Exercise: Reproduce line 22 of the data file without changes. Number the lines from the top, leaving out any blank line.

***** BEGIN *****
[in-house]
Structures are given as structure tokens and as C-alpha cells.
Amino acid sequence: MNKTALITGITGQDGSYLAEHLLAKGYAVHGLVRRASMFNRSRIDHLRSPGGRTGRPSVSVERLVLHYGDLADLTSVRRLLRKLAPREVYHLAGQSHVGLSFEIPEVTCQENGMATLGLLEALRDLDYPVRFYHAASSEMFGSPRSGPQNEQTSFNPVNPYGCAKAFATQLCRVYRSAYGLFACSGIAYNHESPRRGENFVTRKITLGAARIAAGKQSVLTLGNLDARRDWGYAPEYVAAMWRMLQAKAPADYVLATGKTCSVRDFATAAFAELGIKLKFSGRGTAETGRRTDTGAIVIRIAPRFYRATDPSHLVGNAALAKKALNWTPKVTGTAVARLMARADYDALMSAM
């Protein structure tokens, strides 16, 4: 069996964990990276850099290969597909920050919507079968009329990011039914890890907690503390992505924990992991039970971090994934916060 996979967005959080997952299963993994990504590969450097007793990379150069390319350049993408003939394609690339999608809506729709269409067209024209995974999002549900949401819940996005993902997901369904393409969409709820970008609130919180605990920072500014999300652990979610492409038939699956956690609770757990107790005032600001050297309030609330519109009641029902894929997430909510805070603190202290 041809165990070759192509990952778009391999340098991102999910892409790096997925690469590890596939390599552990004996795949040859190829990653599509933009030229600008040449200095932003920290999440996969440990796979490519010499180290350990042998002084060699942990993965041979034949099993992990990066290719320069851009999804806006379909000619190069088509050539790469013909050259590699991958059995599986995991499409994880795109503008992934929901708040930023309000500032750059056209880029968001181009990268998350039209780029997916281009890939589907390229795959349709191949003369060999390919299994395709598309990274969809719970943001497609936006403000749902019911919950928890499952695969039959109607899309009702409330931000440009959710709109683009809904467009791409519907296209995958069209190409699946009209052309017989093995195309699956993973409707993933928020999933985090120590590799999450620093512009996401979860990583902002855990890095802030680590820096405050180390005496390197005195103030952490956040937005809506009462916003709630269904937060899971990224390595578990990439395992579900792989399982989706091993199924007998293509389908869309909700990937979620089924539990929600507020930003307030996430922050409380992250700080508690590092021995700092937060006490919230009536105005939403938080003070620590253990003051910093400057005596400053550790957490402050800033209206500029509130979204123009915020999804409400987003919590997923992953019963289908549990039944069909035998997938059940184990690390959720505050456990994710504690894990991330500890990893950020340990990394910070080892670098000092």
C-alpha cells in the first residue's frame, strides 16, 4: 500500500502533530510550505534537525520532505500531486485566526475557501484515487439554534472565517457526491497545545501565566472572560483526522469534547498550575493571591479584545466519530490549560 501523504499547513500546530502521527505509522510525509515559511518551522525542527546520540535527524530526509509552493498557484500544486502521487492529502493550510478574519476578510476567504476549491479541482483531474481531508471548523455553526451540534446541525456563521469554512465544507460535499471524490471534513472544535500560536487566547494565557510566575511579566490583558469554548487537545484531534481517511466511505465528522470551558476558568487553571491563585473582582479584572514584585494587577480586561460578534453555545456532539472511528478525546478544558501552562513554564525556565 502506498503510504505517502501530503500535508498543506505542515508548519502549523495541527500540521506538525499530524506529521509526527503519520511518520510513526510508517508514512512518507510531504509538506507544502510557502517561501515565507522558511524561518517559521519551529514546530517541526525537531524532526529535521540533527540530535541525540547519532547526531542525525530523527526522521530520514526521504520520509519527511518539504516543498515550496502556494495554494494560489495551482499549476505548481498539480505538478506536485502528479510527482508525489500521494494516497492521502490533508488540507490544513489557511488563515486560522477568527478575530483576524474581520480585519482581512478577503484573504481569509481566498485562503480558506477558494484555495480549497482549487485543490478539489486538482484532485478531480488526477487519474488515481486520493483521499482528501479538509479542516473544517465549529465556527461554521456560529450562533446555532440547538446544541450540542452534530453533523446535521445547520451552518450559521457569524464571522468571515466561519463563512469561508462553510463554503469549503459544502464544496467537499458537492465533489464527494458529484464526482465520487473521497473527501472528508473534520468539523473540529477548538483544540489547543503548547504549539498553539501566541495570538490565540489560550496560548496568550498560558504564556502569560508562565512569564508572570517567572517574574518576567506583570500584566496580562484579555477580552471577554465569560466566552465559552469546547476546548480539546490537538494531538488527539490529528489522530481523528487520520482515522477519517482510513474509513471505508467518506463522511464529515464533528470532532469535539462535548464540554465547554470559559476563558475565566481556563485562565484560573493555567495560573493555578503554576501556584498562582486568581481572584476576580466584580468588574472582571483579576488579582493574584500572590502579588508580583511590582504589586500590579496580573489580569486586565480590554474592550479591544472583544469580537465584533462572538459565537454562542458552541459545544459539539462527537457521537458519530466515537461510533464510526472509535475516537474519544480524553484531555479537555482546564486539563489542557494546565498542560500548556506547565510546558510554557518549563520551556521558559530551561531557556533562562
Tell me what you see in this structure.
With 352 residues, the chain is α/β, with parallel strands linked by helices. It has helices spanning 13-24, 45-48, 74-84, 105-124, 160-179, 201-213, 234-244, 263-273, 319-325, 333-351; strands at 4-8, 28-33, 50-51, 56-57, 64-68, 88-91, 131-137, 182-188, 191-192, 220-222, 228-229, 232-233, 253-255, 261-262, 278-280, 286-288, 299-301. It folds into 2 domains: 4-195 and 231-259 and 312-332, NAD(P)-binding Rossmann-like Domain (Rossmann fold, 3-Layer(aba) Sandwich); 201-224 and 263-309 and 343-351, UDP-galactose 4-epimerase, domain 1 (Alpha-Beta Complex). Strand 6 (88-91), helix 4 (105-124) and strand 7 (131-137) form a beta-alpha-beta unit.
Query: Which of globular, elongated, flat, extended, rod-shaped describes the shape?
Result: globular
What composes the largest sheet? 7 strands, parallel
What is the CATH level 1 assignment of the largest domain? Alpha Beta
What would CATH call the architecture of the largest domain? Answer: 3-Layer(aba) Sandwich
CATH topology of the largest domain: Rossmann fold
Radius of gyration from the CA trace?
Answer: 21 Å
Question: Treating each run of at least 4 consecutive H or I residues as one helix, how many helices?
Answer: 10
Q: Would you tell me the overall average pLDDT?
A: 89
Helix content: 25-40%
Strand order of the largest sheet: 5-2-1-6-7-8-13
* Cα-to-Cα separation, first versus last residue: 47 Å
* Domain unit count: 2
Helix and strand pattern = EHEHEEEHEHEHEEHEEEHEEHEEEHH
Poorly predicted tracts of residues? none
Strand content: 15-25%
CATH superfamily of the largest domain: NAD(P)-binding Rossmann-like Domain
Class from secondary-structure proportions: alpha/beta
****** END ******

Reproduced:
* Cα-to-Cα separation, first versus last residue: 47 Å